John Herzfeld: I think he does fine work in many movies. As for my favorite, I'm going to say something crazy. I think Sly's got more to come as an actor. Of course, he's developing his production company, he's producing, he's a wonderful director and a great artist. But let me tell you why I think he's lasted this long, from a guy who knows him really well. This is why-- and this is what some guys who want to be action heroes don't quite get. Sly, and this is what hit in Rocky, is not afraid to show his deeply vulnerable. With the softness he displayed with Adrian. Being weak, being deeply vulnerable, questioning himself, and being insecure. That's what's made him last. It's not just coming on, shooting your gun, being tough with the big muscles. I mean, he's always had this softness inside the armor. He has it as a man. He has that humanity. He has that empathy, and he has that awareness that it's okay to be weak. Come out strong, but we are all weak and insecure at times, and he's not afraid to show that. That's his key. But you know what? He was great in Cop Land. Cop Land was great. But he was great in Rocky, of course, and First Blood, and Rambo. But I think that vulnerability, that's what holds you to him. That's what holds men and women, old and young because they recognize a side of themselves within him because he's able to reveal that. He's able to let that nakedness come through. And that's what I think one of his great strengths is.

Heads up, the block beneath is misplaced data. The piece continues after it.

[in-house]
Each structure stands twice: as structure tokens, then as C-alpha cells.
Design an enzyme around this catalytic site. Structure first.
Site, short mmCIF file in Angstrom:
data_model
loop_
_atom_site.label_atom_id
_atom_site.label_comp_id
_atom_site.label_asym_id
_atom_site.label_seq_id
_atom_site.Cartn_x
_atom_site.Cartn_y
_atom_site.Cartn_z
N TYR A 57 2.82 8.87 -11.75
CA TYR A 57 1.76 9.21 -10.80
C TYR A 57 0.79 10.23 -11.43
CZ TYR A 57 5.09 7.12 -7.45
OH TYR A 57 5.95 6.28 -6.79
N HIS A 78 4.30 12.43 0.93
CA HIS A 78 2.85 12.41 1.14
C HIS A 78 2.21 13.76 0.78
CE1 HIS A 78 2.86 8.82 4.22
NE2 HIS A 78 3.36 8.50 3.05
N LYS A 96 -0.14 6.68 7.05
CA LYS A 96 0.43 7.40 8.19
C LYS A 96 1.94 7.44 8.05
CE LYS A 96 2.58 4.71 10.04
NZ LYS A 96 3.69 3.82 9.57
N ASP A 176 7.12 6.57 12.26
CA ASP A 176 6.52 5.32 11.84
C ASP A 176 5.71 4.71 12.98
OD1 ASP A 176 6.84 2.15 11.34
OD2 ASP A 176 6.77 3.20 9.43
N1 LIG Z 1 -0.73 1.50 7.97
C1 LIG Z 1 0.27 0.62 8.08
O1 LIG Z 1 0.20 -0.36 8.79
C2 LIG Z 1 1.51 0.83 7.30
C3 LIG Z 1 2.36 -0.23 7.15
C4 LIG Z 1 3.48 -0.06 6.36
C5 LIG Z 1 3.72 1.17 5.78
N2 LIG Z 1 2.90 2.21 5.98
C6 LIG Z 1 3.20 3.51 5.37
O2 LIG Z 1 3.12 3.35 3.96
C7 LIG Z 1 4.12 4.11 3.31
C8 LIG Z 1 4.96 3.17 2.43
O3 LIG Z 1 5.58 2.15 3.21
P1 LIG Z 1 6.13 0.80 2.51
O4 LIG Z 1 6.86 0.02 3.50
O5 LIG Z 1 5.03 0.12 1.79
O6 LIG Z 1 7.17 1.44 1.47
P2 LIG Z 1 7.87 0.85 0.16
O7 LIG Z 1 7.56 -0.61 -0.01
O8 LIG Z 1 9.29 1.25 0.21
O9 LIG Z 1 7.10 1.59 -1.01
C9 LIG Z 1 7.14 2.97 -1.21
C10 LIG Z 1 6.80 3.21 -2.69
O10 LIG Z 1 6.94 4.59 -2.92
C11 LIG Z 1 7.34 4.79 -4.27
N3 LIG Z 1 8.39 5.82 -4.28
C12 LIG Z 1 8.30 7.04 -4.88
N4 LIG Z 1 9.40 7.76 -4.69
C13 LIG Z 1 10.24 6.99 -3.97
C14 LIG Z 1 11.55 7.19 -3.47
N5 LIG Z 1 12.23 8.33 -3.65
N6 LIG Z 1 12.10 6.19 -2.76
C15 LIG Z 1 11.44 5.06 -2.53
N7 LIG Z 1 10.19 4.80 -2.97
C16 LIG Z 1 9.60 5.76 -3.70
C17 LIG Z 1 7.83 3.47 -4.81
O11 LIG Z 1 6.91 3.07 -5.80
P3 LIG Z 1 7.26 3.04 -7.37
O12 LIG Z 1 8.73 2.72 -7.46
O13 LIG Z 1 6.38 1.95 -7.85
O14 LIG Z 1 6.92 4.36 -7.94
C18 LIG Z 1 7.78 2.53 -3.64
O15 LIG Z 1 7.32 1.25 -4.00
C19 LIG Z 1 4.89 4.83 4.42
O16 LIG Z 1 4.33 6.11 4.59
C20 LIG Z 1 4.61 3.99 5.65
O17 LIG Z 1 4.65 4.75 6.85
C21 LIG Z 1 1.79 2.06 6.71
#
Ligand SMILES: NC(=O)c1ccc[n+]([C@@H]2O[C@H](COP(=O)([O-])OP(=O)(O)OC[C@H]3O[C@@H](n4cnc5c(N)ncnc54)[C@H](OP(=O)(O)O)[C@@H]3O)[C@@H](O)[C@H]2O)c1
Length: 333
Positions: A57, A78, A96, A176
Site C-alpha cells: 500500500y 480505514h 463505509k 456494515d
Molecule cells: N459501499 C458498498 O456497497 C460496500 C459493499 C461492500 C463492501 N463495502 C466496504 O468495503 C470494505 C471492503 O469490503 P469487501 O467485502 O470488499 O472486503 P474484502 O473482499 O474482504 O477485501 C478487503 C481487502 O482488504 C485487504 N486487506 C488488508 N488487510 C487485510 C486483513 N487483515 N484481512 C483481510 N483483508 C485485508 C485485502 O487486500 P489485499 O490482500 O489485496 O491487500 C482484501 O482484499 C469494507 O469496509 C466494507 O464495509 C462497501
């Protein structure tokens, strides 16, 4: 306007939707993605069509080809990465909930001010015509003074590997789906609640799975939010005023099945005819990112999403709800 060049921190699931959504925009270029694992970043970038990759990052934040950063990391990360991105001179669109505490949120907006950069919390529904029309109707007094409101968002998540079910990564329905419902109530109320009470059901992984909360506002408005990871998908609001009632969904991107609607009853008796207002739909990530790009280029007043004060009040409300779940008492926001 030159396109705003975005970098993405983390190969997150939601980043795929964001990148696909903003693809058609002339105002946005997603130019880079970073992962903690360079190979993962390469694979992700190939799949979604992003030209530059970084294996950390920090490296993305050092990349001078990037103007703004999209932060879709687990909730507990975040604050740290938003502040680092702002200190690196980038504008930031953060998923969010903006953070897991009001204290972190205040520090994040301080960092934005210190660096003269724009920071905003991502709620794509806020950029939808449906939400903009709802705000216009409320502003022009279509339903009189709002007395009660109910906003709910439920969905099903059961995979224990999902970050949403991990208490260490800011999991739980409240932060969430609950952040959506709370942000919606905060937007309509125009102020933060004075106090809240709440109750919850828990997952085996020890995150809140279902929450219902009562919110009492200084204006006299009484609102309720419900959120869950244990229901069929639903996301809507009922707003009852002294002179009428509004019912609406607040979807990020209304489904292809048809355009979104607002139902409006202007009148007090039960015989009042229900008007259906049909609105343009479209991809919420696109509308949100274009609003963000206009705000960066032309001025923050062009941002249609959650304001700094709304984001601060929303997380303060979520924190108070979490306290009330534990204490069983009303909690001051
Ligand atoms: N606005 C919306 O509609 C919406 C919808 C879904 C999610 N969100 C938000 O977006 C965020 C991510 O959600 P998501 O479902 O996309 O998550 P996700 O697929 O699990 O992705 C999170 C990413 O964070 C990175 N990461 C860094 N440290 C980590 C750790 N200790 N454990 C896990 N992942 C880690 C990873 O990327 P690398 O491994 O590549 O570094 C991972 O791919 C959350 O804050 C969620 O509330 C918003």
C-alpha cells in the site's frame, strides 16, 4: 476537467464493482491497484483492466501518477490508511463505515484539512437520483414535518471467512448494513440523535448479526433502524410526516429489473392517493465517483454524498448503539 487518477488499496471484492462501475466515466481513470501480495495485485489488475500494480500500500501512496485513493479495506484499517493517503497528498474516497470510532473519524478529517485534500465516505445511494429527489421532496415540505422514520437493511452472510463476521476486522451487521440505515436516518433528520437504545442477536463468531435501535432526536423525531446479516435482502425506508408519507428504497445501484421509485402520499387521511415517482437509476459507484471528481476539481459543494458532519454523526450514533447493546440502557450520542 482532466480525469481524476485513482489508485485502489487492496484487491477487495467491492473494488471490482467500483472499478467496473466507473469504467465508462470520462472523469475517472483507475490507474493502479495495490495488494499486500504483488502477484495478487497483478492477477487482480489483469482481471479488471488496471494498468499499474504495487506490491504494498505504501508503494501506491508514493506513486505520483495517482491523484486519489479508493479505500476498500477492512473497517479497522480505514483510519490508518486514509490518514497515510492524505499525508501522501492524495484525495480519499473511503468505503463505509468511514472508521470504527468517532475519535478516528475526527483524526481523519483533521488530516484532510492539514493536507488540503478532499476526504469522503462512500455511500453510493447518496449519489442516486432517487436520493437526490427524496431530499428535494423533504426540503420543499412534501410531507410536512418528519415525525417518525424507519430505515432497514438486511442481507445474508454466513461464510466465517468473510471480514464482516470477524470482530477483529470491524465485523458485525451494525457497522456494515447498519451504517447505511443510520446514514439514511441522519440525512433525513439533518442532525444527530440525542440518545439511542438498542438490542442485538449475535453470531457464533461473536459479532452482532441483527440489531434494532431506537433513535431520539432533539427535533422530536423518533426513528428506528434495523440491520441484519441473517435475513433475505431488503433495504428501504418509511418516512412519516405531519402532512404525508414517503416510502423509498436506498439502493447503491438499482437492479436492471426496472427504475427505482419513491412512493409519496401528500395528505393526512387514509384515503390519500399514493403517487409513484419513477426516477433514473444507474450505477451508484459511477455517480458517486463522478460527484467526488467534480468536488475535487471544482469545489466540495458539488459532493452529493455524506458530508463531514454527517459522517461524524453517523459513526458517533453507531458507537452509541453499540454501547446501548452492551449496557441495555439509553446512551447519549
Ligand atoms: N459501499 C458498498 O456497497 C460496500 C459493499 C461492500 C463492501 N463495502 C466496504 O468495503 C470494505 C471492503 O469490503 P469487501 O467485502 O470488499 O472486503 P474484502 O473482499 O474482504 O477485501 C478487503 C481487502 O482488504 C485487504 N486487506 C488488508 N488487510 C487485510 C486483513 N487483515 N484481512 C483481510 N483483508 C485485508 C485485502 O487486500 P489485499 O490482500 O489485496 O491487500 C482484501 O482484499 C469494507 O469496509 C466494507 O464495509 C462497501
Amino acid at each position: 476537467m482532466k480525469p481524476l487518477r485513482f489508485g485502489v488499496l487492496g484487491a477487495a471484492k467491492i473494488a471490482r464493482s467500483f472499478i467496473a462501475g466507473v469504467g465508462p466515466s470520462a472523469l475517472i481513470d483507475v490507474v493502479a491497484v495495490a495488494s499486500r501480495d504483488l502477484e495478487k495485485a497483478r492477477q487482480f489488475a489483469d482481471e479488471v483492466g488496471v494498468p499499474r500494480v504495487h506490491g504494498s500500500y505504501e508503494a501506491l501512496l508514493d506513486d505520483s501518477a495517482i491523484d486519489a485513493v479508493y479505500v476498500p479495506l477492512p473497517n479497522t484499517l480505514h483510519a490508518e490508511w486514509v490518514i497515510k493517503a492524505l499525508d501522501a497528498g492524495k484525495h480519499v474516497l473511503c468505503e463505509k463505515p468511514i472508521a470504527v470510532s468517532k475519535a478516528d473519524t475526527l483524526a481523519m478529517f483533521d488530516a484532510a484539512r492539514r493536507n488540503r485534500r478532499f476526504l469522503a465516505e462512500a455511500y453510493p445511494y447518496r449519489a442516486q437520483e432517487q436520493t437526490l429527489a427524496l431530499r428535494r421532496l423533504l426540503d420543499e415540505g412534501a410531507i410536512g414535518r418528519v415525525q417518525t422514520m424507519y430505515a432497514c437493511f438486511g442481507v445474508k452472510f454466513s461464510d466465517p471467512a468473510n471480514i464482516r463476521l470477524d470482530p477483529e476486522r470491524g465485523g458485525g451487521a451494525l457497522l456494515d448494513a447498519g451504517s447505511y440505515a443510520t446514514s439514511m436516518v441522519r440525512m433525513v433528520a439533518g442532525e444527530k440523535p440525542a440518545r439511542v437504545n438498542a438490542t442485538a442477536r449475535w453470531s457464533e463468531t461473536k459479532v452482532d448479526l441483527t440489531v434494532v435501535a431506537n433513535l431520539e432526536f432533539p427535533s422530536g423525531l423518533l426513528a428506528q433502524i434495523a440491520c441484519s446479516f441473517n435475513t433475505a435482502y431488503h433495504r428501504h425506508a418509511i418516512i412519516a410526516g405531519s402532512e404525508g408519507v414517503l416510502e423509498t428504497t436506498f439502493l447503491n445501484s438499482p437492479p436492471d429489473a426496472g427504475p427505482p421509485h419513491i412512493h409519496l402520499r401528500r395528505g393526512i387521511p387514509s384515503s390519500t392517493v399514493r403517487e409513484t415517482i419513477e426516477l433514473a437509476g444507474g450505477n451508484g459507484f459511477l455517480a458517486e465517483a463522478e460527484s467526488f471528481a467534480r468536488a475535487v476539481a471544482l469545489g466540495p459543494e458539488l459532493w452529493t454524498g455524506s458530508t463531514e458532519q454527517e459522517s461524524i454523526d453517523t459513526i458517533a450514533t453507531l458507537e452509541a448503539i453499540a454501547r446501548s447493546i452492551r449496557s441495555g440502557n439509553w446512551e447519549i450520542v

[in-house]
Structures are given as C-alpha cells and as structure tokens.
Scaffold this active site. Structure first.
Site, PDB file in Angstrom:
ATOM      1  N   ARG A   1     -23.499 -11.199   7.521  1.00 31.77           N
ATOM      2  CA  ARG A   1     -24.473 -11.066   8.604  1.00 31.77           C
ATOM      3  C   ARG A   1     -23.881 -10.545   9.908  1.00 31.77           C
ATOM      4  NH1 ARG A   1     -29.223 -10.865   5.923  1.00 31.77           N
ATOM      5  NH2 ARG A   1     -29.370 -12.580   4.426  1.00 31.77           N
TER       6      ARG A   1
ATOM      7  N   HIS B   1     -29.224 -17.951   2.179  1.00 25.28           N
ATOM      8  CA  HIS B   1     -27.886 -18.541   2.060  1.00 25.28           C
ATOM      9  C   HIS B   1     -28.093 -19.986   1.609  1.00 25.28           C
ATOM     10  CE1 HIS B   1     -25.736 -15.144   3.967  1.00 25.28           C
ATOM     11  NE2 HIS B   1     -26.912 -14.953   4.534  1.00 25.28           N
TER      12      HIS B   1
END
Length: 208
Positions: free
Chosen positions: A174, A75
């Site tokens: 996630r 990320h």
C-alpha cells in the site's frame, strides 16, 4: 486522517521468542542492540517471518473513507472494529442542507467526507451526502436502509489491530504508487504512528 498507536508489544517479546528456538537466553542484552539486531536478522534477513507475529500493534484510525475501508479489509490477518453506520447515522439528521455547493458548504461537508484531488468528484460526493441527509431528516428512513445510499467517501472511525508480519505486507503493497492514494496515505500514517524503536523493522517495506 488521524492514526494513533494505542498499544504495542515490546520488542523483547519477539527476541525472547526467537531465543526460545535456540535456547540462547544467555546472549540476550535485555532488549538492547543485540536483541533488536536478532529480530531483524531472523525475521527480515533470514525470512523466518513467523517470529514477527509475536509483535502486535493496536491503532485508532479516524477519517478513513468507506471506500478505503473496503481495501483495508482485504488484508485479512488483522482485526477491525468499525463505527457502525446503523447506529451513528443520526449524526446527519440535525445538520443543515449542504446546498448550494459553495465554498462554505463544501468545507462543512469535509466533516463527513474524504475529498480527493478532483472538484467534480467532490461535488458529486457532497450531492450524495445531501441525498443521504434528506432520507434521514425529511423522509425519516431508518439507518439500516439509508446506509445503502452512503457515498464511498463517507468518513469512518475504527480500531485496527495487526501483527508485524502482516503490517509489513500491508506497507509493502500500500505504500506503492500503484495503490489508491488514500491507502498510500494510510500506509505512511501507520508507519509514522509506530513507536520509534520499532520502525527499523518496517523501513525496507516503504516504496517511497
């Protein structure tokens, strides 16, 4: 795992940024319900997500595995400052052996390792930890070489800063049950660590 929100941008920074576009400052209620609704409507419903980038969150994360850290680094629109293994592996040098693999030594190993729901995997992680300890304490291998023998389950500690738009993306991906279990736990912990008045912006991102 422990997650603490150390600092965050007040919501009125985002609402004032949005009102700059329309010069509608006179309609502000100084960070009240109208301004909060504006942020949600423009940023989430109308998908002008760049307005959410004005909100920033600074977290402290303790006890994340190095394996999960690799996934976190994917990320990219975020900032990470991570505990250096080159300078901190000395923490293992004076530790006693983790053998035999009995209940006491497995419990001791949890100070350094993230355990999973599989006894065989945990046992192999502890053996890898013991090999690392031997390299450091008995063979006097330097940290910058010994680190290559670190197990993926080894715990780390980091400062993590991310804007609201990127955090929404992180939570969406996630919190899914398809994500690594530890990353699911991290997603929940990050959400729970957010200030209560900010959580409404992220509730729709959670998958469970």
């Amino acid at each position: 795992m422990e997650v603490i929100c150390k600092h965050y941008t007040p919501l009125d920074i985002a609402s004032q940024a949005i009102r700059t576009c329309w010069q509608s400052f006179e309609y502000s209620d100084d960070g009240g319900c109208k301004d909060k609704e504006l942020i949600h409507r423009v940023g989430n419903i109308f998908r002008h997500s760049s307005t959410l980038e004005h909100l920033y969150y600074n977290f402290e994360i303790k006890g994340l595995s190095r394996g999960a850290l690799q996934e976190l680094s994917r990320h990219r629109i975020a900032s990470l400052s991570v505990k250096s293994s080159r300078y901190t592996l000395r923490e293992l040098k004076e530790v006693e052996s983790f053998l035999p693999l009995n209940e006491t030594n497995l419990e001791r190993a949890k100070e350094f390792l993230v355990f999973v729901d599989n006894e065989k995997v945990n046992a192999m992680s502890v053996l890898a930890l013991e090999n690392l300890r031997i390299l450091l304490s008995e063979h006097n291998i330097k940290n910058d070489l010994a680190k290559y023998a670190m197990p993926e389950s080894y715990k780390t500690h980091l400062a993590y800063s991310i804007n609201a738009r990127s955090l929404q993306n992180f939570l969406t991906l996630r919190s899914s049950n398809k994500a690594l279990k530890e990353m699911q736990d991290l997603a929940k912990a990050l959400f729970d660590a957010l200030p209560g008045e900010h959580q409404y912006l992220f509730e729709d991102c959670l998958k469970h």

HTF: I think you're right on there. When I first saw Lock Up, and this was after a period of watching his sort of very gun-heavy action films, but in Lock Up, he is a man who is beaten and vulnerable through almost all of the picture. He survives not just because of his physicality, but because of his wits, and because of his strength and devotion to the love of his life he's trying to get out of prison to be with. So that's one that really told me exactly what you just said, which is that there is a vulnerability and a humanity to even his understated action heroes, and I think that endeared me to him for life. But I was going to ask you about working with the rest of the cast. And there was a lot of very, very big fellows in the film, but Dave Bautista, in particular, a man and an actor that I've really come to appreciate. He's got an enormous physical presence, and he's got a great comedic way about him, and brought some of the few moments of comedy relief in Escape Plan 3. Talk about working with Dave.
“Dave [Bautista] will be surprising people, I think, too. He's got a long career ahead of him, and just keeps getting better. But he has a warmth, and a wit, and a humor. Of course, he's got the guts, and the power, and the force.”